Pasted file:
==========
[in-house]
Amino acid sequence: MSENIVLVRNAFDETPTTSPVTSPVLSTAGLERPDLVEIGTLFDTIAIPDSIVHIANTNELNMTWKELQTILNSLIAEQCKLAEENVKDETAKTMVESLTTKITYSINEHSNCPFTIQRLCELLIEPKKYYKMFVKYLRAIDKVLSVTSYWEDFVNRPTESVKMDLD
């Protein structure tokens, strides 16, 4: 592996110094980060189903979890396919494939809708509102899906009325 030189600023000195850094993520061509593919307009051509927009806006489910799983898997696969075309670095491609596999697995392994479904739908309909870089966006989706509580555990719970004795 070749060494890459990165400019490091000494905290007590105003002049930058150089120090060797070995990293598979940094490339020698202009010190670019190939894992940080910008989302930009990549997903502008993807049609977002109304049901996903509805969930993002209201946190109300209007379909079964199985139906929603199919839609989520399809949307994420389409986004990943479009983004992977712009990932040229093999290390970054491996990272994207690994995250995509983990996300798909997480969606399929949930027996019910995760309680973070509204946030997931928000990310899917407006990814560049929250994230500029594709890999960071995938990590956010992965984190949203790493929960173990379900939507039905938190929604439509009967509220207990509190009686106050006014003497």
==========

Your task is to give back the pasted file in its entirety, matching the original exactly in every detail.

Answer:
[in-house]
Amino acid sequence: MSENIVLVRNAFDETPTTSPVTSPVLSTAGLERPDLVEIGTLFDTIAIPDSIVHIANTNELNMTWKELQTILNSLIAEQCKLAEENVKDETAKTMVESLTTKITYSINEHSNCPFTIQRLCELLIEPKKYYKMFVKYLRAIDKVLSVTSYWEDFVNRPTESVKMDLD
């Protein structure tokens, strides 16, 4: 592996110094980060189903979890396919494939809708509102899906009325 030189600023000195850094993520061509593919307009051509927009806006489910799983898997696969075309670095491609596999697995392994479904739908309909870089966006989706509580555990719970004795 070749060494890459990165400019490091000494905290007590105003002049930058150089120090060797070995990293598979940094490339020698202009010190670019190939894992940080910008989302930009990549997903502008993807049609977002109304049901996903509805969930993002209201946190109300209007379909079964199985139906929603199919839609989520399809949307994420389409986004990943479009983004992977712009990932040229093999290390970054491996990272994207690994995250995509983990996300798909997480969606399929949930027996019910995760309680973070509204946030997931928000990310899917407006990814560049929250994230500029594709890999960071995938990590956010992965984190949203790493929960173990379900939507039905938190929604439509009967509220207990509190009686106050006014003497």